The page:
After a near miss accident involving their son on Christmas Day last year, the Pennas decided they needed to find a solution for fatal distraction.
Together with her husband Shane, Taleese Penna has designed, patented and is now developing a world first Smart/Safe Cam technology to help stop parents from leaving their children alone in vehicles.
Last Christmas, two-year-old Kyron Penna gained access to the family's parked, unlocked and hot vehicle.
"This was not a danger that I ever considered a risk for my children, until my son went missing for a few short minutes and we found him in the back of our car, thankfully unaffected by the incident." Taleese told The Motherish.
"Up to 50 children die this way each year across Australia and the United States. Only 53% of those are forgotten children, which is why no current app or device is effective in preventing the tragic loss of more children."
In response to the incident, the Pennas designed the dTec SAFEKAM which is being developed to prevent all cases of hot vehicle entrapment and fatal distraction.
The product, which is expected to hit the market in six months time, has seen Taleese nominated as a finalist in the upcoming 2015 AusMumpreneur Awards in the Product Innovation category.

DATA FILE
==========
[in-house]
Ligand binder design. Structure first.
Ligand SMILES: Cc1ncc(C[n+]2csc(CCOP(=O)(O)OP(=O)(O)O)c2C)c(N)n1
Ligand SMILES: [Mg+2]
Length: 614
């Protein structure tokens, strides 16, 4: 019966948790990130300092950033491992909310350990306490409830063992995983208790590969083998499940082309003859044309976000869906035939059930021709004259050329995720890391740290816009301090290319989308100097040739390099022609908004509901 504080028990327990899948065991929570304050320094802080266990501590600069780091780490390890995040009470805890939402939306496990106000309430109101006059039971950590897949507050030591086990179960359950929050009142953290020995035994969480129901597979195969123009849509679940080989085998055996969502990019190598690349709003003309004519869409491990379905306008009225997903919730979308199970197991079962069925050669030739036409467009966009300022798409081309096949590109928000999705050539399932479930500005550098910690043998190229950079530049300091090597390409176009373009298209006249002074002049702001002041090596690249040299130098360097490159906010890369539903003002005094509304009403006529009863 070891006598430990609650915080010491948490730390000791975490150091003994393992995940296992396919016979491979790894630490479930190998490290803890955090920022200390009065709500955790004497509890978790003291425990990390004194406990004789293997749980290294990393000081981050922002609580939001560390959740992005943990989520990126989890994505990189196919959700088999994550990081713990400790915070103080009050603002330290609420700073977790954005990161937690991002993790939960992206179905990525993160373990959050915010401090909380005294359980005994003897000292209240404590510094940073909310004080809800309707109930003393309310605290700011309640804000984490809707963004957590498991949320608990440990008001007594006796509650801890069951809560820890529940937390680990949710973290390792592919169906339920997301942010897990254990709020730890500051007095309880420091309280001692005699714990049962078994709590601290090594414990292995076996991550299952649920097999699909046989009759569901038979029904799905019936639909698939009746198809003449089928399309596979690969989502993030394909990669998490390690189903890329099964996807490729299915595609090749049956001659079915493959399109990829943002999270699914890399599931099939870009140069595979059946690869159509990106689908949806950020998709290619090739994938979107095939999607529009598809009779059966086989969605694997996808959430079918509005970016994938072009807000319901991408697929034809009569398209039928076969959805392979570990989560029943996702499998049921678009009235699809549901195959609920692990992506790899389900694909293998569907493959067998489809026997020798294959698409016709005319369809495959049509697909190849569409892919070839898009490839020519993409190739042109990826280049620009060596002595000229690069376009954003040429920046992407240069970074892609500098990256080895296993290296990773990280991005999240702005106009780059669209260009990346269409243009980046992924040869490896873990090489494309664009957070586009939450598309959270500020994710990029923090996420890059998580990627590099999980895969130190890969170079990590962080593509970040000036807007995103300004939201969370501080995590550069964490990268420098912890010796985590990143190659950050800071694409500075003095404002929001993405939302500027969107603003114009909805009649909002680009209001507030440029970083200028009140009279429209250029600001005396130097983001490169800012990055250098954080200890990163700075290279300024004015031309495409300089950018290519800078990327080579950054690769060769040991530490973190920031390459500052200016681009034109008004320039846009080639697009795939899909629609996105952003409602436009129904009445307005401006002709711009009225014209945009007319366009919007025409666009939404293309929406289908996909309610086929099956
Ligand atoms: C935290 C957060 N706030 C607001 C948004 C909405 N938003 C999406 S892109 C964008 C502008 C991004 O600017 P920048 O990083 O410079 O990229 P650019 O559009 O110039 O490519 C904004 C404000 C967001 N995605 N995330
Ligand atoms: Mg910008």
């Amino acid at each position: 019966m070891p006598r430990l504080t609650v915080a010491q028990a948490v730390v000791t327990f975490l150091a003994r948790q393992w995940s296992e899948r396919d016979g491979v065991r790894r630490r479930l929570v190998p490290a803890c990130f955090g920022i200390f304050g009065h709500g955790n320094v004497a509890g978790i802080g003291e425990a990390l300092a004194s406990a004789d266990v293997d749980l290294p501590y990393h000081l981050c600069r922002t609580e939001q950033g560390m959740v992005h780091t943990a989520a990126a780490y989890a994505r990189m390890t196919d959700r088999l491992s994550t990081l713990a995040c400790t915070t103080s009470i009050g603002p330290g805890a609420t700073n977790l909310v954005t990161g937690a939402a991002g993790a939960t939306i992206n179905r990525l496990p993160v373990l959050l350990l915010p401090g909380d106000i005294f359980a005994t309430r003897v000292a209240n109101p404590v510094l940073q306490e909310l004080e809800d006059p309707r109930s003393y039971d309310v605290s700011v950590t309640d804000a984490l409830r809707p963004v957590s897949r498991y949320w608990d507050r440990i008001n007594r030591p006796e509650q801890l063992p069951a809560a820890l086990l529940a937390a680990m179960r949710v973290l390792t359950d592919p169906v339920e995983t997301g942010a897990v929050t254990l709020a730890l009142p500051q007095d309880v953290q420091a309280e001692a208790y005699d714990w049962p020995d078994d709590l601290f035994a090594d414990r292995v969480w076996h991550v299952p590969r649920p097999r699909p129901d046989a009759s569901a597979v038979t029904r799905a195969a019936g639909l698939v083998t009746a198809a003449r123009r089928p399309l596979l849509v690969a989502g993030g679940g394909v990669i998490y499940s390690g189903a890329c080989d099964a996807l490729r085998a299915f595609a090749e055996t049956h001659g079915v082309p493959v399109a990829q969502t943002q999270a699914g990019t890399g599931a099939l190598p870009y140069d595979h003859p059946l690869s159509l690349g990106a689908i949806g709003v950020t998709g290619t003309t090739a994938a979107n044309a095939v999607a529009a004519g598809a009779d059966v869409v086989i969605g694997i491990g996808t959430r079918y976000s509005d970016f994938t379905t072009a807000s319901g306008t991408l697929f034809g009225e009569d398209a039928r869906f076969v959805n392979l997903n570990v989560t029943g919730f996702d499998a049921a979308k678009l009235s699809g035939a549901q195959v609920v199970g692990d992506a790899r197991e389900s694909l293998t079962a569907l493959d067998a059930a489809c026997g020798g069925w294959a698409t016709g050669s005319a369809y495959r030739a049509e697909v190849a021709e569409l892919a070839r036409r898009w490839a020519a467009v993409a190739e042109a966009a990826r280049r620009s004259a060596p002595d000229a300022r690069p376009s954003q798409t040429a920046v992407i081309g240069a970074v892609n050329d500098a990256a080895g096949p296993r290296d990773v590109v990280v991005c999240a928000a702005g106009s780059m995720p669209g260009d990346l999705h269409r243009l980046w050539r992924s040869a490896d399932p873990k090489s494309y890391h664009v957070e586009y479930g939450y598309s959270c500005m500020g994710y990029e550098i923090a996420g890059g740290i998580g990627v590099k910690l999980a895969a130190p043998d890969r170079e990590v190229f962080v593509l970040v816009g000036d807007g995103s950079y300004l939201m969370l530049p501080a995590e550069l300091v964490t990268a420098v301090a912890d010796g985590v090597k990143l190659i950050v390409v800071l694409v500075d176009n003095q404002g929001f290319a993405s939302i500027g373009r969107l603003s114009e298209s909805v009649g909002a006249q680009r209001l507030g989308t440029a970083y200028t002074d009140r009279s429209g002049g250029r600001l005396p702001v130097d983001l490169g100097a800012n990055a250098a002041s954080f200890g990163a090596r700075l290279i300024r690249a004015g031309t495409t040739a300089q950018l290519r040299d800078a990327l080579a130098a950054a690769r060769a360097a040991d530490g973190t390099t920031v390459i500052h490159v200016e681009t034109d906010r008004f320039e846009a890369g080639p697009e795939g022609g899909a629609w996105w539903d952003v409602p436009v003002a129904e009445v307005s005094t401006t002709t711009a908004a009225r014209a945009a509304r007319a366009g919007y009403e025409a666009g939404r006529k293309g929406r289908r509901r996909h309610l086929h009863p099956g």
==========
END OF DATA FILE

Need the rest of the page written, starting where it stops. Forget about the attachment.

As a plug and play device, the camera and additional kit will connect to the central electronics system of any vehicle, engaging air flow procedures to children who have been left or found their way into a hot vehicle.
Taleese believes the device - which also operates as a dash cam - should be a standard safety feature in all cars, saying "The death of one child is one too many."
The NSW Government reports that on an average summer day, the temperature inside a parked car can reach up to 40 degrees higher than the outside temperature.
This means that on a 30 degree day, the temperature inside a car may reach up to 70 degrees, leaving children at risk of heat stress and dehydration.
Despite increasing awareness regarding the risks of leaving children in vehicles, fatal distraction can affect anyone, which is why preventative measures are desperately needed.
Do you think a device that would prevent fatal distraction should be a mandatory safety feature in all cars?